Swiss Judge Clears Climate Crisis Protestors, Says Actions Were ‘Necessary and Proportional’
A Swiss court on Monday cleared a dozen activists of wrongdoing and a hefty fine for a stunt they pulled in a Credit Suisse bank in November 2018.
The protestors had occupied the bank and played tennis to demand an end to fossil fuel funding and to ask tennis star, Roger Federer, to end his endorsement deal with the bank, as the AP reported.
The case went to court because the defendants refused to pay fines for protesting without a permit and resisting police. The protestors were charged with trespassing and ordered to pay 21,600 Swiss francs ($22,200). However, the judge in the appeal said the protestors had acted proportionately and waived the fine, as Reuters reported.
The judge, Philippe Colelough, said the protestors who wore completely white tennis outfits and wigs were justified because of the imminent threat posed by the climate crisis, according to Deutsche Welle.
"Because of the insufficient measures taken to date in Switzerland, whether they be economic or political, the average warming will not diminish nor even stabilize, it will increase," he said, noting Switzerland's melting glaciers, as Deutsche Welle reported.
"In view of this, the tribunal considers that the imminence of danger is established," the judge continued. "The act for which they were incriminated was a necessary and proportional means to achieve the goal they sought."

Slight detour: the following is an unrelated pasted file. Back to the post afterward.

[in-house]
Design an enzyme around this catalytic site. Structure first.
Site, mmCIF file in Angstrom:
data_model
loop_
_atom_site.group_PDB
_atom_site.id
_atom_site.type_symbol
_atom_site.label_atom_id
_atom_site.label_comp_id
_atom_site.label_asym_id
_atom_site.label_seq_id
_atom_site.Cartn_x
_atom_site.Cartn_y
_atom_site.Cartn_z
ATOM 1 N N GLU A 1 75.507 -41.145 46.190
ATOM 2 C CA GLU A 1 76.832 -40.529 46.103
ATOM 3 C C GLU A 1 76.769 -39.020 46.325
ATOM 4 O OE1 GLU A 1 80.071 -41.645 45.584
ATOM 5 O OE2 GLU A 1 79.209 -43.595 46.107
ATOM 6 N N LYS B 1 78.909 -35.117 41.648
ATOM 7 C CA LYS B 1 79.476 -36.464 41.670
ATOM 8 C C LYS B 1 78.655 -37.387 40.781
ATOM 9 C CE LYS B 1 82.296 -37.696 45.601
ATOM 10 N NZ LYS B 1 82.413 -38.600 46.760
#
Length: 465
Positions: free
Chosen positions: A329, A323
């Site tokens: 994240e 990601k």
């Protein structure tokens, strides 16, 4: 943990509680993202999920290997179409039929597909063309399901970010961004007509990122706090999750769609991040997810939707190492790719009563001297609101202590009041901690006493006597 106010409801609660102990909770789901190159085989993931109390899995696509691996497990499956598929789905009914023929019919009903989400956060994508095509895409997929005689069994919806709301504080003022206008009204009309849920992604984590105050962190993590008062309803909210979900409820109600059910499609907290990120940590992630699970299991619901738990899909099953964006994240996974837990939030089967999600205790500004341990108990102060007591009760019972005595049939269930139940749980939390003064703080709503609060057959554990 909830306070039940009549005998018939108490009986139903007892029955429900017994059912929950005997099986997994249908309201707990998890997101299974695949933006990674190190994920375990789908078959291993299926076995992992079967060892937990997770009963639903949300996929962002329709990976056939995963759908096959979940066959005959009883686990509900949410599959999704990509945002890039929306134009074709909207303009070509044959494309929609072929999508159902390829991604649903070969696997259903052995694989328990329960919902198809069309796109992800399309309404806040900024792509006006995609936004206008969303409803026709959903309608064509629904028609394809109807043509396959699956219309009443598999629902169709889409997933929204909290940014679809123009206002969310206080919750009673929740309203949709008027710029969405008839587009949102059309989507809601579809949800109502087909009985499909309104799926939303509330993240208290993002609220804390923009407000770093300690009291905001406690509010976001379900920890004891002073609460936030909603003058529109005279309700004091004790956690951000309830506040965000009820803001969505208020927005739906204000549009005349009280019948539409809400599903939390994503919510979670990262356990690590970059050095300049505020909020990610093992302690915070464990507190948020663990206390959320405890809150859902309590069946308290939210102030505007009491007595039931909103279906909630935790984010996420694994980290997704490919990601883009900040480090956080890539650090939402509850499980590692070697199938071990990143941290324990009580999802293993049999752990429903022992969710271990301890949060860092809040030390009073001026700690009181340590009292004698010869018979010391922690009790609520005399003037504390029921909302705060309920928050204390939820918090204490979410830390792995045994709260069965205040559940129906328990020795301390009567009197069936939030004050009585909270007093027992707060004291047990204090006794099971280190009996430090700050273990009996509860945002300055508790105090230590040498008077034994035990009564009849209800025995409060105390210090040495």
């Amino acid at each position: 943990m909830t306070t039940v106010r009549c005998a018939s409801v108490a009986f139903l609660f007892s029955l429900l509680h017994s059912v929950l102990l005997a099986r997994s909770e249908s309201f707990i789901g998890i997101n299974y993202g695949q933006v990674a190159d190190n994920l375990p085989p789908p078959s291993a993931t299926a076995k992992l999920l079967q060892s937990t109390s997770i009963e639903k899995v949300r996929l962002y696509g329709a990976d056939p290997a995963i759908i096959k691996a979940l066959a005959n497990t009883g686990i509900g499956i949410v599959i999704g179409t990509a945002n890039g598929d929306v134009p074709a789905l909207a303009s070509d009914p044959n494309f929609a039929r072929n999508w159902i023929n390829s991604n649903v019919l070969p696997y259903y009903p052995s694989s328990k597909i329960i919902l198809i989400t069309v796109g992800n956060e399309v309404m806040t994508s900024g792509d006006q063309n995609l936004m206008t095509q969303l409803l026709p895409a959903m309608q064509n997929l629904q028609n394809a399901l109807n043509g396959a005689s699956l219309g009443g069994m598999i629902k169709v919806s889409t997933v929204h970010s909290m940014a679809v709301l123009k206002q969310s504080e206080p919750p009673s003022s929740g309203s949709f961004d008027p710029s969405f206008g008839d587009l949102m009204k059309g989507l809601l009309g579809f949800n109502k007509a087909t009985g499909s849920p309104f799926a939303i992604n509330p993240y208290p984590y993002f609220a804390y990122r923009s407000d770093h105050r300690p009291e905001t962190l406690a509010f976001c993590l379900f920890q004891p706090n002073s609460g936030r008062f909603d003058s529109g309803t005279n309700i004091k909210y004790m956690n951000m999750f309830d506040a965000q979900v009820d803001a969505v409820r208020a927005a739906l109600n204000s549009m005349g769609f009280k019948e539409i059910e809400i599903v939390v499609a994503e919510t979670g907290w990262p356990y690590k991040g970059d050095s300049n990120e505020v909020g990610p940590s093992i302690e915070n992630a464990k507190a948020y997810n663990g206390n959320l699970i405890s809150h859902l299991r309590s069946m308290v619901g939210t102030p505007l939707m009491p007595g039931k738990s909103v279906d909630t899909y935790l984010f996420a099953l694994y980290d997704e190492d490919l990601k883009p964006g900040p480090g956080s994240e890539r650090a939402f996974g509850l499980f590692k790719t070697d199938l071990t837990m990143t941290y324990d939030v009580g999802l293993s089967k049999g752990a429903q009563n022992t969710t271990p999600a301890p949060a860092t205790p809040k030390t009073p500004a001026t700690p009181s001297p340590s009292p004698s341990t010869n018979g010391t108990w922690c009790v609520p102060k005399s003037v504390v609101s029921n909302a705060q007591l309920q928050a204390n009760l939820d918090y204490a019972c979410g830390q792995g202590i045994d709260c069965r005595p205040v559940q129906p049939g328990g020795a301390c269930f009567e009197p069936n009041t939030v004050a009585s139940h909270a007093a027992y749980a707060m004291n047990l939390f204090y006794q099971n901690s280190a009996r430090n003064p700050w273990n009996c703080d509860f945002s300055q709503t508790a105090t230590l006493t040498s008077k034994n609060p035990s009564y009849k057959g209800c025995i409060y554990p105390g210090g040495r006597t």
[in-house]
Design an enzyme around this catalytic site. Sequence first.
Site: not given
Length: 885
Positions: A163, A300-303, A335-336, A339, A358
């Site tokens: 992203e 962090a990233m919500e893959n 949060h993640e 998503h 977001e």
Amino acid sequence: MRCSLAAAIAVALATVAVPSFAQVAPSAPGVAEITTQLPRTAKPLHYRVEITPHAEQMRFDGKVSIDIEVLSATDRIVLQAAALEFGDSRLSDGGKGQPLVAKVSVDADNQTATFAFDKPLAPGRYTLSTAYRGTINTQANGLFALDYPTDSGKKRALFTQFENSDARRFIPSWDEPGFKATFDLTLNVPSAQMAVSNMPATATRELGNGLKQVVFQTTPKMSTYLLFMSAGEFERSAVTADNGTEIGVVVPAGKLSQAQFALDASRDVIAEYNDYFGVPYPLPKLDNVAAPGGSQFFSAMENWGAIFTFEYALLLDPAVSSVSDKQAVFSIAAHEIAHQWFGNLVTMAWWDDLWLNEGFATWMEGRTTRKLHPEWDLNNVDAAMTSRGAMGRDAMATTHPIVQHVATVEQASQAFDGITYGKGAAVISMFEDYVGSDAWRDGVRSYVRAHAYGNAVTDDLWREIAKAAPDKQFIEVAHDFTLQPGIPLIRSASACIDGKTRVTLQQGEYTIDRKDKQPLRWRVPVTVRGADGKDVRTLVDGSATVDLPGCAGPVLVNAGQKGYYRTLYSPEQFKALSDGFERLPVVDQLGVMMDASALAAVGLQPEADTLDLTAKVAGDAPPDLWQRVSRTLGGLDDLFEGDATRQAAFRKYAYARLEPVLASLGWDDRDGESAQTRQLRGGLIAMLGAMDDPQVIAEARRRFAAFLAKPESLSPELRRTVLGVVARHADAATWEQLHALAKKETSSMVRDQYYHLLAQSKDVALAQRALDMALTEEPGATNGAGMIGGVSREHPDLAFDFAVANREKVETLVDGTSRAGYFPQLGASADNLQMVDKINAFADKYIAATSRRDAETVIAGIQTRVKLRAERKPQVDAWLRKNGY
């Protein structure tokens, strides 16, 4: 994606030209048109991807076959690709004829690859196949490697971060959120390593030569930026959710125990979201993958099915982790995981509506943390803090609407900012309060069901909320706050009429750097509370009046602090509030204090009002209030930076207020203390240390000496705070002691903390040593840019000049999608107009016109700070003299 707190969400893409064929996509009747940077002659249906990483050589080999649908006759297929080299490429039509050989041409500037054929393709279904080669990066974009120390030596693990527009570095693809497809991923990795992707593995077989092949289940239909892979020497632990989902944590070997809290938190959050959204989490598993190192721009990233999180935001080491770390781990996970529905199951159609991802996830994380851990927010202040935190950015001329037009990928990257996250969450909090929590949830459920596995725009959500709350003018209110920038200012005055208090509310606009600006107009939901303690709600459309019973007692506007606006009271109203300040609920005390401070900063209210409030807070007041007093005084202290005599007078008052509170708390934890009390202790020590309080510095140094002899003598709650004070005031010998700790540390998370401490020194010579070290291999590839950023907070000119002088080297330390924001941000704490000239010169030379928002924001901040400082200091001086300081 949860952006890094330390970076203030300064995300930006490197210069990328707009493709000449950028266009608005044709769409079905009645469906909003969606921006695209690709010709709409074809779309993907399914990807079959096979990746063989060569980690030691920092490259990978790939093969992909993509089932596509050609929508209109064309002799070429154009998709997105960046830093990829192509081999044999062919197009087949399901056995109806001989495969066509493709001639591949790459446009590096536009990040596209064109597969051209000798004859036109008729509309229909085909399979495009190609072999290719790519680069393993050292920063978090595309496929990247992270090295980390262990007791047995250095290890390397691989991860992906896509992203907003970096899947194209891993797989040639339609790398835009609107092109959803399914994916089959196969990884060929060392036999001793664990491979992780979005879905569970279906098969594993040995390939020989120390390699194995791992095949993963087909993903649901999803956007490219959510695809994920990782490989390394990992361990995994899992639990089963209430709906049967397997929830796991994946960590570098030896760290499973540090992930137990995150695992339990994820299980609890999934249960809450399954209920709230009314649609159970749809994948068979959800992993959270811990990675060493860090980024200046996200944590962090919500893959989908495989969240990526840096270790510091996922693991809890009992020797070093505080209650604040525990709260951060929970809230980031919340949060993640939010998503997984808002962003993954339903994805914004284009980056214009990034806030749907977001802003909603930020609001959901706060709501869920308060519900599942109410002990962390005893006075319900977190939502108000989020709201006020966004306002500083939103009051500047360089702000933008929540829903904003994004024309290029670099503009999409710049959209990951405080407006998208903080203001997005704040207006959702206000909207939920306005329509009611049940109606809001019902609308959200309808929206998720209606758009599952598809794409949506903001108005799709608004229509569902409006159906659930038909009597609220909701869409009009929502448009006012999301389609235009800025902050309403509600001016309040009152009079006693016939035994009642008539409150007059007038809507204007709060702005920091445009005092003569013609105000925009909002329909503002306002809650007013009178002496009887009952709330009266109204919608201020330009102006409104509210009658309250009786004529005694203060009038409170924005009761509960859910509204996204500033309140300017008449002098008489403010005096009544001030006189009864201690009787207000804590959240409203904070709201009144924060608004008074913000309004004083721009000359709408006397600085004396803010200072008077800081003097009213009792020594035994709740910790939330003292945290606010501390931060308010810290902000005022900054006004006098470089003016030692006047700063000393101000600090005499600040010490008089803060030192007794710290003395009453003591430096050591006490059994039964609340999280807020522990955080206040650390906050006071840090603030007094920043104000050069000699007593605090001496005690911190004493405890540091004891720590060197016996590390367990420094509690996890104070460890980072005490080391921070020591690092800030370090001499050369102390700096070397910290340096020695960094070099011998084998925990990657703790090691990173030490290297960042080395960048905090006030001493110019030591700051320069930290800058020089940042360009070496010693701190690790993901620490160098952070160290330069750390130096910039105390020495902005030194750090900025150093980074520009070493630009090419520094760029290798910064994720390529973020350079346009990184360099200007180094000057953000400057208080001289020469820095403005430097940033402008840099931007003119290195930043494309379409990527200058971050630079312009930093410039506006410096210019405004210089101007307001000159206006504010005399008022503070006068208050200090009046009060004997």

The packed courtroom, in a suburb of Lausanne, erupted in applause and gave a standing ovation to the judge's decision, as Reuters reported.
"I didn't think it was possible," said one of the accused individuals, Beate Thalmann, in tears of joy, according to Reuters. "If Switzerland did this, then maybe we have a chance."
An attorney, Laila Batou, representing one of the defendants, said the Judge Colelough accepted the argument that the activists had exhausted all other legitimate forms of protest like petition drives, sidewalk demonstrations and efforts with Swiss legislators, according to the AP.
"The lawyers, the clients, the audience cried," Batou said, as the AP reported. She said the "bombshell" from the judge was his acknowledgement that the climate emergency is "impossible" to block through other legal means.
Because of the heat-trapping effect of its many mountains, Switzerland is warming at twice the global average, according to Reuters. The country has pledged to reach net zero emissions by 2050.
The country, which is warming at twice the global average due to the heat-trapping effect of its mountains, has an target to cut net carbon emissions to zero by 2050 but activists with Lausanne Climate Action say that the country's biggest impact is via its financial industry, as Reuters reported.
The activists pointed out that Credit Suisse is one of the world's largest investors in fossil fuels, ponying up more than $7.8 billion to nearly four dozen companies that are "extreme" users of dirty fossil fuels. Lausanne Climate Action noted that the bank increased its financing for coal 16-fold from 2016 to 2017, as the AP reported.
However, last month, Credit Suisse announced that it will no longer invest in new coal-fired plants, according to the AP.
The protestors would like to see Swiss tennis star, Roger Federer, use his leverage to have Credit Suisse invest in sustainability or cut ties with the Zurich-based bank.
"If we get him to distance himself from the bank, we will empower our action," Batou said, as the AP reported.